Then comes the moment when the security agent invites himself into the apartment. I see him with a mustache and a despotic twinkle in his eye. My image of this man is cartoonish, since his petty humiliation of Haim is a cartoonish act.
After he leaves, his presence lingers in Haim’s nervousness. Haim offers everyone coffee, looking for a way to busy his hands. While he boils water, someone asks about the visitor. Haim jovially responds, “Oh, he’s my friend, he’s our friend.”
I imagine that my father erupts, shouting, “No! He’s not your friend!”
Other times, when I imagine it, I’m almost sure he didn’t shout.
I have often found myself ascribing aspects of my personality that cannot easily be explained by my mother or the circumstances of my childhood to an imaginary version of my father. In this moment with Haim and the security agent, I invert, placing my own traits back onto him. I am averse to bringing tension into a moment when I can let it glide by, and I only get frustrated around people who I trust will not hold it against me, people to whom I feel close. When I imagine my father shouting at Haim, I want him to be bidding for a familial bond after so many years apart.
On the tape, my father lets Oran sum up the anecdote. “Haim doesn’t believe a member of the security forces is a friend,” Oran says, but “unless you deceive yourself at least on a superficial level…the prison would be even more horrible than it otherwise is, so it’s almost like playing a game with yourself.”
The two professors retreat to their talk of “coping mechanisms,” which they understand as the ways Syrians deal with the fact that their homeland has become a prison. “Several of them have told me specifically that they feel like prisoners,” my father says, “and they really would like to get out of the prison.”
But if they were prisoners, my father was the escapee, coming back to see those who hadn’t made it out. I had seen glimpses of my father’s emotions, but now, hearing this metaphor, I was suddenly able to break through his scholarly armor and see more clearly all that he was holding in: the guilt at having left, the arrogance born of thinking he could see the situation more clearly than those living it, the guilt over that arrogance, the sadness at having lost an easy way to express his love. Did he feel all of this? And was it conscious?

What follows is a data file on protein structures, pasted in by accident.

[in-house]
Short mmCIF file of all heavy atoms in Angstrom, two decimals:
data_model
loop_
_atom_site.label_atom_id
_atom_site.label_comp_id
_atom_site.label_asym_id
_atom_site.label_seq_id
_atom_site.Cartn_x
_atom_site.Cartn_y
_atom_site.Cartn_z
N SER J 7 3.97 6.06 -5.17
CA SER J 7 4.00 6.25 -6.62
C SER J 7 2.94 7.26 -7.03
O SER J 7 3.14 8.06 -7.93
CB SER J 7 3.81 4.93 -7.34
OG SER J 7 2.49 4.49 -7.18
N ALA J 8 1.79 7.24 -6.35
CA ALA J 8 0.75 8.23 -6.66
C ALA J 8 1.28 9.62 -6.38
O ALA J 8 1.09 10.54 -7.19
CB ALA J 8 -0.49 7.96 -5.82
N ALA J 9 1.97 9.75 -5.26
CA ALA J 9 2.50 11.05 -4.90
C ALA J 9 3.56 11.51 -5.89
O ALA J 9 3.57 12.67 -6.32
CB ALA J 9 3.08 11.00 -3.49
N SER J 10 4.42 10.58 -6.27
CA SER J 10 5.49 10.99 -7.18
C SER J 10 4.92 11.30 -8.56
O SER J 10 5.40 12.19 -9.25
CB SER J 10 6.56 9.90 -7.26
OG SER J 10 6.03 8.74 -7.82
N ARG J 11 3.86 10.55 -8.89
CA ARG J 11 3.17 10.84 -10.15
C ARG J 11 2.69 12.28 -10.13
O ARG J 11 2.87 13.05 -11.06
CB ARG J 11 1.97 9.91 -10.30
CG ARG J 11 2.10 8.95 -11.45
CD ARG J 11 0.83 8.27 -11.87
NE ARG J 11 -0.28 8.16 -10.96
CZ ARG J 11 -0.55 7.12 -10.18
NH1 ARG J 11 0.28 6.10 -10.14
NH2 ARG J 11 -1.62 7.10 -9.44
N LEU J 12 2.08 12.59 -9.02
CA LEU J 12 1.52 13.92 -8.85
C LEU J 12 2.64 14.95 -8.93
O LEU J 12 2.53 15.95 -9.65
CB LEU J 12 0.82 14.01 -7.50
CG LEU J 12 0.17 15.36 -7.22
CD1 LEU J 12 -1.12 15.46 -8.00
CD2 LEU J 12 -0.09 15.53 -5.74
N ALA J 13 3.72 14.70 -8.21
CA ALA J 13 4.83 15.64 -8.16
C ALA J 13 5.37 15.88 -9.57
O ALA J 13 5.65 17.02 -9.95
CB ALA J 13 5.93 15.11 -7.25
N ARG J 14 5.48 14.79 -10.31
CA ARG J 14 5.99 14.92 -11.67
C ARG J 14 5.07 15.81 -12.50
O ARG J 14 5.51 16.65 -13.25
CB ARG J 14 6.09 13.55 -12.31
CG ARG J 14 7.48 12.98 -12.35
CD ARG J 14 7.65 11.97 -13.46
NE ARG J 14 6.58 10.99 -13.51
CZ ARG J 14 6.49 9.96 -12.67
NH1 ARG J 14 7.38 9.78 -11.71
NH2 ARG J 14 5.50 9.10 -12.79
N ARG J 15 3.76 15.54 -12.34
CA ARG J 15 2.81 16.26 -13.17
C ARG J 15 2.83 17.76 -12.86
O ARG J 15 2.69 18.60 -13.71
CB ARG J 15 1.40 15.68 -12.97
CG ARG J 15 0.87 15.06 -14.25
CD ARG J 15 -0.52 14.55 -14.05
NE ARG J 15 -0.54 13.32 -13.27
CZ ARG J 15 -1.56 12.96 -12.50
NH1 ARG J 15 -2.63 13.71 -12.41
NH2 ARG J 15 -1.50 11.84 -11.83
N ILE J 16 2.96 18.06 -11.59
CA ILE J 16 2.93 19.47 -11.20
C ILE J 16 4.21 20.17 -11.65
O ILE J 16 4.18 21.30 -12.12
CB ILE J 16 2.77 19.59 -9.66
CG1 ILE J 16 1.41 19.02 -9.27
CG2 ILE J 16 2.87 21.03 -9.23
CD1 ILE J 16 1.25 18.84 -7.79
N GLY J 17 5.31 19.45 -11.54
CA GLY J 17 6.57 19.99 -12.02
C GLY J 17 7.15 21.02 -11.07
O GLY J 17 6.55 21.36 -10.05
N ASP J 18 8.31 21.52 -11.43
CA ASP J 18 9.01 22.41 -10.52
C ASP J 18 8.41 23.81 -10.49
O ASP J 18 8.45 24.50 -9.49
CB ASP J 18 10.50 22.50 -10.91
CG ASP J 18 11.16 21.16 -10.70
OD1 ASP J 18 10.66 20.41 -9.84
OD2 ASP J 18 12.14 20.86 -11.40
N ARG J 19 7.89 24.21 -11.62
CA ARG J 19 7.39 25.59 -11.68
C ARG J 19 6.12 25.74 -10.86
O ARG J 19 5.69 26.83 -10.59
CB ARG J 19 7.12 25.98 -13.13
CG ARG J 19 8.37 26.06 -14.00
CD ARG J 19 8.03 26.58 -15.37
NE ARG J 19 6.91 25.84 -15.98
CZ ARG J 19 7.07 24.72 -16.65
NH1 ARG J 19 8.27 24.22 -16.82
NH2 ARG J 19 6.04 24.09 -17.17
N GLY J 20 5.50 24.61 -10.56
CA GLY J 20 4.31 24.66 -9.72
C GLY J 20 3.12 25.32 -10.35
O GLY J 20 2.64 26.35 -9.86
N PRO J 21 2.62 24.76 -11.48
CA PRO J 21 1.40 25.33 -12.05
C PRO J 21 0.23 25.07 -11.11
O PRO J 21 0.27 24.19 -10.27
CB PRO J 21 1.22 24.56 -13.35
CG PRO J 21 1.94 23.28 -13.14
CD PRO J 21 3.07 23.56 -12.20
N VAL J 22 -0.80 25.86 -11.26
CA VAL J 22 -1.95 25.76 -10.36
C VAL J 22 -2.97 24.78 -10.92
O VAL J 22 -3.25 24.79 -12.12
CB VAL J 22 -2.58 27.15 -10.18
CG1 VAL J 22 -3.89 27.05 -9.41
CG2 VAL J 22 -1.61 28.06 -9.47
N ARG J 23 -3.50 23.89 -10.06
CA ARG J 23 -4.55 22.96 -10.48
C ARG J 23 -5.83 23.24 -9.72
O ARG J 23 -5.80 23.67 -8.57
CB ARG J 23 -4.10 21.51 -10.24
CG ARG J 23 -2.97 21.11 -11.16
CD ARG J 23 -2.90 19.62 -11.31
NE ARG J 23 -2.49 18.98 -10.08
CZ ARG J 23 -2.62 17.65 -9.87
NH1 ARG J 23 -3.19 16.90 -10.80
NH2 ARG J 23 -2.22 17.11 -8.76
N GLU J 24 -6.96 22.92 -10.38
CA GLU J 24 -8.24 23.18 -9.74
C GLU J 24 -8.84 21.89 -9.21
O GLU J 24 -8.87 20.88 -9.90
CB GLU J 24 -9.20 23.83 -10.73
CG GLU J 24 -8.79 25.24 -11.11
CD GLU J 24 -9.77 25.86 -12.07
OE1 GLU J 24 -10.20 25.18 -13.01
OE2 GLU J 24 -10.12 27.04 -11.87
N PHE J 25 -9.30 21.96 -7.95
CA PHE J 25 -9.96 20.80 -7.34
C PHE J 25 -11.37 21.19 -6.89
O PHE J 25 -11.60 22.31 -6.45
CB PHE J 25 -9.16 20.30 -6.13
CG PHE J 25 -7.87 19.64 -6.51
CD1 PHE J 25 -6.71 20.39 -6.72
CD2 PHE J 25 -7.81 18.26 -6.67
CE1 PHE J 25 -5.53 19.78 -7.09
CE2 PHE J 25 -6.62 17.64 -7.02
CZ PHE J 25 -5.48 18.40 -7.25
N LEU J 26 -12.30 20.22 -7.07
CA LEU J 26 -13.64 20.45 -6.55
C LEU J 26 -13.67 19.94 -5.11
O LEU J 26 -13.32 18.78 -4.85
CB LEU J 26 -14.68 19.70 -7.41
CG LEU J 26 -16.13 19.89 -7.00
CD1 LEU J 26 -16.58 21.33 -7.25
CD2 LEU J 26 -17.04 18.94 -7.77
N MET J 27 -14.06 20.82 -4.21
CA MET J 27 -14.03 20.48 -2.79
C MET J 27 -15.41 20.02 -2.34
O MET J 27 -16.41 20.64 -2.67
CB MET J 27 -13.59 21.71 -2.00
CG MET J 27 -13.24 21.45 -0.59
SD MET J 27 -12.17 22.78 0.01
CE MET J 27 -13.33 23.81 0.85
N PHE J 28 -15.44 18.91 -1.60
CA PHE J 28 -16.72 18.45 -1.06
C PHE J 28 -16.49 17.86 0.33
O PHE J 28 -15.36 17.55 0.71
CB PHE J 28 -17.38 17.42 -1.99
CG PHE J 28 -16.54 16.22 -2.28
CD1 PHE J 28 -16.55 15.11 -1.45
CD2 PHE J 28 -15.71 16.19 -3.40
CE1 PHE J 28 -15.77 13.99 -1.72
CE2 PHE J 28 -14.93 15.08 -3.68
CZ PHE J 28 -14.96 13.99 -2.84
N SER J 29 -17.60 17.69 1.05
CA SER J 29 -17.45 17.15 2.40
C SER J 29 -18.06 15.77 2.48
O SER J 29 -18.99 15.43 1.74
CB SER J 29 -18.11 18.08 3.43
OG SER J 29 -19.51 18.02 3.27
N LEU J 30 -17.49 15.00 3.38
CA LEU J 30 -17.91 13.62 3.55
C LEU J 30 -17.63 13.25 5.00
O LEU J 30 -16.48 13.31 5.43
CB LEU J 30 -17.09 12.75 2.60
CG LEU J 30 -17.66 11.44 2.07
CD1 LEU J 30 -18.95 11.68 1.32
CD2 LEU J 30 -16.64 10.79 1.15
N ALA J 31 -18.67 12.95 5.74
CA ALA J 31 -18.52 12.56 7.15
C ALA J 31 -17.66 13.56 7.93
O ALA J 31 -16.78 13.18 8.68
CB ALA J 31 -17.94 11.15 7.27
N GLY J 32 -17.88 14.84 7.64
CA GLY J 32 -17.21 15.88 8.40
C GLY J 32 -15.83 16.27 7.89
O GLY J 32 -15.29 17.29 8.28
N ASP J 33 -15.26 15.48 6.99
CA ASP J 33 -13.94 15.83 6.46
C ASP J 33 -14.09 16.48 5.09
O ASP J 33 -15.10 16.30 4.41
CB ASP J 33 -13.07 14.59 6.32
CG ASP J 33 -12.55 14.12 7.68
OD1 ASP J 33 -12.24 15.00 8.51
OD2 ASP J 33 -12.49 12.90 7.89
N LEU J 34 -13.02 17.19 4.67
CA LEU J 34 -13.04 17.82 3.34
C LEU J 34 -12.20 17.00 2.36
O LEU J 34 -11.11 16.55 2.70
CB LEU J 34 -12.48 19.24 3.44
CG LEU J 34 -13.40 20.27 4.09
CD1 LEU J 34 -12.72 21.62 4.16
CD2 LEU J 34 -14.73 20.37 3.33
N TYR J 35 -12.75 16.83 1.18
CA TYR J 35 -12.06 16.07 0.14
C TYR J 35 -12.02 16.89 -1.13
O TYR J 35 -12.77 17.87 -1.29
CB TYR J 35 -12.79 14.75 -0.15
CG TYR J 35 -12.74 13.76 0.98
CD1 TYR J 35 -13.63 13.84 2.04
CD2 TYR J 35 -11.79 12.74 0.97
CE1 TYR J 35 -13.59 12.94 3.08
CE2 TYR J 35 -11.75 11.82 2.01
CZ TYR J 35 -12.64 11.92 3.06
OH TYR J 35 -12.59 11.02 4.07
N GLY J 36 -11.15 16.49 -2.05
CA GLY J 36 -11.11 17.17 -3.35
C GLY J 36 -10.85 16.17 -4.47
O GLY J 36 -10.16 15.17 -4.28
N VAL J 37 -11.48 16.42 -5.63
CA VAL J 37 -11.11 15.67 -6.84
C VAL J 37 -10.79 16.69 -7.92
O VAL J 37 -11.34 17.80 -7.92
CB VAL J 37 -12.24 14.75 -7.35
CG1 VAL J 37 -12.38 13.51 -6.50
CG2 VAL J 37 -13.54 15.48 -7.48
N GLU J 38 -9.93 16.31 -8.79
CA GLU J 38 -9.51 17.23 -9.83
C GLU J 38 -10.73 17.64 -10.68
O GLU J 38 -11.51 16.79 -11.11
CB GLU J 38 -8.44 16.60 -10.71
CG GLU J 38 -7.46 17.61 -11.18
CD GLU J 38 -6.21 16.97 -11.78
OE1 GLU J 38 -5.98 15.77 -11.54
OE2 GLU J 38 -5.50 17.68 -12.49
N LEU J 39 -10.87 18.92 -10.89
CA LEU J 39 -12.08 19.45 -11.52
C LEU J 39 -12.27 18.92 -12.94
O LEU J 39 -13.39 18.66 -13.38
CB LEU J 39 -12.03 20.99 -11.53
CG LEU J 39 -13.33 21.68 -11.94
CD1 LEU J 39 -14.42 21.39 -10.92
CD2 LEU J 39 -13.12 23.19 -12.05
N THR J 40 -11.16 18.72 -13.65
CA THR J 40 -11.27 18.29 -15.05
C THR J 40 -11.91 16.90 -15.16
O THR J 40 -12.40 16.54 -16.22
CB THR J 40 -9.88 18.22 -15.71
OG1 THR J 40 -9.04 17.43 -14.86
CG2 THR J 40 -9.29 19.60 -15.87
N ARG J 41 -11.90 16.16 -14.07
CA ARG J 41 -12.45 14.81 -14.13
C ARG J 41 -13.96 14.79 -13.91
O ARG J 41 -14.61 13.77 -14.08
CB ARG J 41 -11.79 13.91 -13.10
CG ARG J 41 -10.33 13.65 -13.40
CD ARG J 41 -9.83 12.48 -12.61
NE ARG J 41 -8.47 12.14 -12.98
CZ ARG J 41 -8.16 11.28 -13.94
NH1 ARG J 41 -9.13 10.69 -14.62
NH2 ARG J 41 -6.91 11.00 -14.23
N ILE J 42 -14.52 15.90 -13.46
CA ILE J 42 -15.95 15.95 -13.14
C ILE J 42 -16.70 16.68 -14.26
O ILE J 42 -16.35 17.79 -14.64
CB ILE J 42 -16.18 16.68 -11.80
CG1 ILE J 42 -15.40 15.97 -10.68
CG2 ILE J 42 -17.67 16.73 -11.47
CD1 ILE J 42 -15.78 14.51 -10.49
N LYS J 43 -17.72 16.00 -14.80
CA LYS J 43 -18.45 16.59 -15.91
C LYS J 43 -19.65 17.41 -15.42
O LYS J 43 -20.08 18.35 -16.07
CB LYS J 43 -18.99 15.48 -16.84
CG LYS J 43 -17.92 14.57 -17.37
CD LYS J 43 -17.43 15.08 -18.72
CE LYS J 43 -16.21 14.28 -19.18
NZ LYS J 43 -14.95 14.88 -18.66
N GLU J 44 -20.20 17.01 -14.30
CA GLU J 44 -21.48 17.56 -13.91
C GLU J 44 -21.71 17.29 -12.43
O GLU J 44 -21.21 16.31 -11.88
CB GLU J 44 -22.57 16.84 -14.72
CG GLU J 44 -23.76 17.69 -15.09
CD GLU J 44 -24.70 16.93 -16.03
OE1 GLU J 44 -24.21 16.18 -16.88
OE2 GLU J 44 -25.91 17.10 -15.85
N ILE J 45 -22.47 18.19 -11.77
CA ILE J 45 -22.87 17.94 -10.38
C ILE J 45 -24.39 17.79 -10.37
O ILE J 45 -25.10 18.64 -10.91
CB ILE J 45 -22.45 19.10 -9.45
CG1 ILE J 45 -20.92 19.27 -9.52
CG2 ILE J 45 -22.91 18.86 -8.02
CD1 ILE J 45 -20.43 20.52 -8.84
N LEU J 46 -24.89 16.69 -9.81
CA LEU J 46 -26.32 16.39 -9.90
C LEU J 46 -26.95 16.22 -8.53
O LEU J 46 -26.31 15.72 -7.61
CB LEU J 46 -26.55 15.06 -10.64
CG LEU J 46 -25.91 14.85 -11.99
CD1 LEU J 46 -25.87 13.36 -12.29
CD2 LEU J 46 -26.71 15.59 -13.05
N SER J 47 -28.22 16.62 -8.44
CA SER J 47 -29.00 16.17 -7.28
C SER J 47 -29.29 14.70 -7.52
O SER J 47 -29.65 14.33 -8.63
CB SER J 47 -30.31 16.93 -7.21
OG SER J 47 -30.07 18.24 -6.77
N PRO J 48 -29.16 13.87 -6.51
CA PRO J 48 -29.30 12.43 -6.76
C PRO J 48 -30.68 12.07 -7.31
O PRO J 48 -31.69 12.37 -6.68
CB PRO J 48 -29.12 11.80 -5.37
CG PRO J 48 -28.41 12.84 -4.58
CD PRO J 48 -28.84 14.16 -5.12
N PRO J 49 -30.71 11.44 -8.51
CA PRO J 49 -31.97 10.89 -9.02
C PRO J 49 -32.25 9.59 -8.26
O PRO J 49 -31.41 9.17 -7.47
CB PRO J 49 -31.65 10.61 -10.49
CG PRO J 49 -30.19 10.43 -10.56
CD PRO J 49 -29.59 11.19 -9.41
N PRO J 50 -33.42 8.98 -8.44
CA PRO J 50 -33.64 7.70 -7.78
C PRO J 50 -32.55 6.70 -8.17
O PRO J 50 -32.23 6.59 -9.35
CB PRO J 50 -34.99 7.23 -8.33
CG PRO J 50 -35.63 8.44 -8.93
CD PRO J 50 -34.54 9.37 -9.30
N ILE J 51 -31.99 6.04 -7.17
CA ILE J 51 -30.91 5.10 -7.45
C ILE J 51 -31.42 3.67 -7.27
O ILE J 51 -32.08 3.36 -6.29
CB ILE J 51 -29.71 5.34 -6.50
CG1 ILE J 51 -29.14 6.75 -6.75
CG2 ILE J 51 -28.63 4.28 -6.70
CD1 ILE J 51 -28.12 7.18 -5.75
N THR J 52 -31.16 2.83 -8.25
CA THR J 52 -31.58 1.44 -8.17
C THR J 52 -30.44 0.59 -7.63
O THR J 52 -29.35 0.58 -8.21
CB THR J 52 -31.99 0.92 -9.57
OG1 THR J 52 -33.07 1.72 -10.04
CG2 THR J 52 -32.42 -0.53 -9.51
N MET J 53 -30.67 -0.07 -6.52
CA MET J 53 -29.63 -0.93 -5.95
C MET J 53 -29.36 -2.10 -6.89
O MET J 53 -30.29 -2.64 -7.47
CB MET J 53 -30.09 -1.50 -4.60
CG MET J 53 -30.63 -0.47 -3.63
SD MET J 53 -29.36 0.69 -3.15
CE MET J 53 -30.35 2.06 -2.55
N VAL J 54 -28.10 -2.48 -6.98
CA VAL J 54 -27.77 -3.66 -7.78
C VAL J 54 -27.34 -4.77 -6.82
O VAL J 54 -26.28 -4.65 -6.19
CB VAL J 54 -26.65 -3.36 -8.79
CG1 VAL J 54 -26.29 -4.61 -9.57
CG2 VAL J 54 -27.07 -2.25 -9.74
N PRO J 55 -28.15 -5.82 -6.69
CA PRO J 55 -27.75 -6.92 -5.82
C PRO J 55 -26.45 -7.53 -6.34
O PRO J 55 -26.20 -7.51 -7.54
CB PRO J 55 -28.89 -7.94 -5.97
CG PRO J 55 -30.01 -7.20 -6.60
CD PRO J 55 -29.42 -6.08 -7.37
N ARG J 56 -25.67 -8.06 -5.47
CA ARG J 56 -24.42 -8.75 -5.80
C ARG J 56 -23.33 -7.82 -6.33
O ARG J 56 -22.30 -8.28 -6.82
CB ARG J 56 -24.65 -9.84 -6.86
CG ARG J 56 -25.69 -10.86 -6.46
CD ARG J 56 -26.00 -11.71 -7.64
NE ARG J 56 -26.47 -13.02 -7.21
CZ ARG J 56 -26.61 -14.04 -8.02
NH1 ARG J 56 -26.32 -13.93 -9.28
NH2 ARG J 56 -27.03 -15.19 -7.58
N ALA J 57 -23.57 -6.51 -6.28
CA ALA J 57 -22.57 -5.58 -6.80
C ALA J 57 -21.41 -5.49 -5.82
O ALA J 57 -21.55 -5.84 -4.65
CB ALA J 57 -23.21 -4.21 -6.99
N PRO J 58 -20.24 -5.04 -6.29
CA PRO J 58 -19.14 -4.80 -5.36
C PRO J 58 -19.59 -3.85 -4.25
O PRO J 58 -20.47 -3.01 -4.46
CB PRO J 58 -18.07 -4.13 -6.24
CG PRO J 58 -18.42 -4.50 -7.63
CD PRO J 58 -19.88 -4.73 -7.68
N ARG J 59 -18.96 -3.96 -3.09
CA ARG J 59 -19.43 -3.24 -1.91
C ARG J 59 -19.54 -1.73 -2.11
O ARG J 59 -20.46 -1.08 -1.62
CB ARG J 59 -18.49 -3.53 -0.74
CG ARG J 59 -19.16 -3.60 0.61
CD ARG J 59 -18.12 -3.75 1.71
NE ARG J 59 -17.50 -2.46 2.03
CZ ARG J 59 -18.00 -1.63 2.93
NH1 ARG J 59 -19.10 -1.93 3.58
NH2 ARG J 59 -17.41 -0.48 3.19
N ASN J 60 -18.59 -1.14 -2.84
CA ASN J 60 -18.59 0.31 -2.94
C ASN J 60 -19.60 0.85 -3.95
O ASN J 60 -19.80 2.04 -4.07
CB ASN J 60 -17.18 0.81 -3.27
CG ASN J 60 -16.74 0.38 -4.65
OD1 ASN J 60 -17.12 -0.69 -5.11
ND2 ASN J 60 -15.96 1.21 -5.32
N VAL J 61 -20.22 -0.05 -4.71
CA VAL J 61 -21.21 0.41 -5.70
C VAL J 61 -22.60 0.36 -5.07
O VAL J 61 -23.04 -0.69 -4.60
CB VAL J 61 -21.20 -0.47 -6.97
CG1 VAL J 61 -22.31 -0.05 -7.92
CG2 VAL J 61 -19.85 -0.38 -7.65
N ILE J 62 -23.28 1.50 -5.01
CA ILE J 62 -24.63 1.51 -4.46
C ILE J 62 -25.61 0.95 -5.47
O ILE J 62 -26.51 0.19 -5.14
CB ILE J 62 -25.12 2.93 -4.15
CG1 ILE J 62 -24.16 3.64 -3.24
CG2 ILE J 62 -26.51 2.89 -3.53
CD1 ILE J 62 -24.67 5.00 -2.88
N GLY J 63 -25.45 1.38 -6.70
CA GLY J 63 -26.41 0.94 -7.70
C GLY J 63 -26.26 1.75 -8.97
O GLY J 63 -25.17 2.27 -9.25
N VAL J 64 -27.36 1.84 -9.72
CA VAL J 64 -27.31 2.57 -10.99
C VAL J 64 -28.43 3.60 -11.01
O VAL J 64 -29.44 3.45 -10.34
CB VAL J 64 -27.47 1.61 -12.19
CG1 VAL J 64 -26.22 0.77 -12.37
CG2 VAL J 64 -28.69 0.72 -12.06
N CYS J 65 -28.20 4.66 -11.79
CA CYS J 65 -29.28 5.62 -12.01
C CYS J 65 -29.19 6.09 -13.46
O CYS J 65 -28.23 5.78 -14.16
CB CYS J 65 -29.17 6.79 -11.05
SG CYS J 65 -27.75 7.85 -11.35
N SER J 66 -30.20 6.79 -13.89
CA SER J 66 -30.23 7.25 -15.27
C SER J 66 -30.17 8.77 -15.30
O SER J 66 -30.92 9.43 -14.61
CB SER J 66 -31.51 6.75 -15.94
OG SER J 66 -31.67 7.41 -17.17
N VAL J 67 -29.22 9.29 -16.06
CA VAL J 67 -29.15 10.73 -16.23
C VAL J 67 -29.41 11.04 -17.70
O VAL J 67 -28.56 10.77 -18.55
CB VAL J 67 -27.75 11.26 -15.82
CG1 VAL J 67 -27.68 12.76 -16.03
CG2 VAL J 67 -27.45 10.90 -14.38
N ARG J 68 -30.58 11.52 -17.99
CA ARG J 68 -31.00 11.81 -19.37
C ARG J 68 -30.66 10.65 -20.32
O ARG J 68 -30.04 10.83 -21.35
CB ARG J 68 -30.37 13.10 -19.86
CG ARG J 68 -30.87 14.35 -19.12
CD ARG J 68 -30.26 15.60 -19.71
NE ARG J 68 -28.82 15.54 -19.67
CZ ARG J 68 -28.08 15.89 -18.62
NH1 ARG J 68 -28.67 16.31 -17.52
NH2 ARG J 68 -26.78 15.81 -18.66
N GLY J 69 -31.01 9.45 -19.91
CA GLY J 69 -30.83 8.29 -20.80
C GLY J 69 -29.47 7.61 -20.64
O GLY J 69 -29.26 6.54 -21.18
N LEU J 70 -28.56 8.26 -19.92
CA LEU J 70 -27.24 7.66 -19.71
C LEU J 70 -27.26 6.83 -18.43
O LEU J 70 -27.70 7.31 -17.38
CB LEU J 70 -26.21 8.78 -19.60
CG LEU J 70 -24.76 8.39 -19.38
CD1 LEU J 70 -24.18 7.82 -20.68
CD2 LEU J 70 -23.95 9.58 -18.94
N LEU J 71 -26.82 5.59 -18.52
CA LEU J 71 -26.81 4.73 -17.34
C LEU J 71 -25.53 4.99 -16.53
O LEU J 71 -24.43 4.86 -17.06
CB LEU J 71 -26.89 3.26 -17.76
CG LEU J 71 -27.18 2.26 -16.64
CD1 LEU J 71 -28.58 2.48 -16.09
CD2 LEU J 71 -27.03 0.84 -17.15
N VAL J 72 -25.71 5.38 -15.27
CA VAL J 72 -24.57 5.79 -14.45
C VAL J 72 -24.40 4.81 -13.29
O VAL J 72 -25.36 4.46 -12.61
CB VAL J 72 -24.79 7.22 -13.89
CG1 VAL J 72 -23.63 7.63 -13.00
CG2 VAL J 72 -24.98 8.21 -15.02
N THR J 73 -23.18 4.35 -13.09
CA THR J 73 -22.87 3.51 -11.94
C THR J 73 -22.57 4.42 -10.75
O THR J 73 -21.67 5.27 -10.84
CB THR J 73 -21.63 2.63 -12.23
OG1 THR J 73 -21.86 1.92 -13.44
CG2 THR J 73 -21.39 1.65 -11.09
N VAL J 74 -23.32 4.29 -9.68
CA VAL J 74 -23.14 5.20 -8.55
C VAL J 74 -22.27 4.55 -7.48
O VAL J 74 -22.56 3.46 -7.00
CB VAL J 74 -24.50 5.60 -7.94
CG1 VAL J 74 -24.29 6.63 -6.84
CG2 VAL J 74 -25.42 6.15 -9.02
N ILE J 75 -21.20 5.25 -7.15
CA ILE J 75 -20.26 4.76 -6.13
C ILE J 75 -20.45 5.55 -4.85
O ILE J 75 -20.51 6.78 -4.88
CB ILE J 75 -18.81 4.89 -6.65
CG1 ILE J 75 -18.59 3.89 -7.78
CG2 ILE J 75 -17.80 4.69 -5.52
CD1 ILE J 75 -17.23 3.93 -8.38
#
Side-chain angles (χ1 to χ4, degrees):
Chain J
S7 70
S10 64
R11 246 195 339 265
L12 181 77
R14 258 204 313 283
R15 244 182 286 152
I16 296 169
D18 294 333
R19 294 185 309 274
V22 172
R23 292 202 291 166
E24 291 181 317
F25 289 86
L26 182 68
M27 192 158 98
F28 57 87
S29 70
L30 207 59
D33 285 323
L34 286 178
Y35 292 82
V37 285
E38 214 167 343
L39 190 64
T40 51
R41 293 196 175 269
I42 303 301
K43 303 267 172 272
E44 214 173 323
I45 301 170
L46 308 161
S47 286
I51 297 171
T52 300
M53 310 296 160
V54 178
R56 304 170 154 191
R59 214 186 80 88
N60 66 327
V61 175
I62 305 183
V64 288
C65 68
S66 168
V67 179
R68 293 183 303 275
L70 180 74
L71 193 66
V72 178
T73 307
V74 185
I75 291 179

I was frustrated that my father did not say more for posterity—for me—about the happier moments in this trip to Aleppo, that he did not describe his nostalgia as he walked through the streets where he had played as a young boy, the joy in seeing his mother again after three decades, the smiles they shared as she stepped out of the boat. To have spoken of these things would have left him vulnerable; he would have had to come to terms more openly with what it was like to see his mother age, to see Haim humiliated, to meet the women he might have married had he stayed, to think about what it meant for him to come in after all these years and tell his family he knew better than them.
So my father was retreating to his scholarly remove, his description and analysis. They were his own coping mechanisms, helping him avoid a confrontation with himself.
The year after my father’s trip, President Jimmy Carter negotiated to allow two dozen Syrian Jewish women to come to the US each year and marry men who had fled. Musawi disappeared from many identity cards. In 1992, the travel ban was briefly lifted, and almost all of the remaining Jews in Syria left for Israel and the US.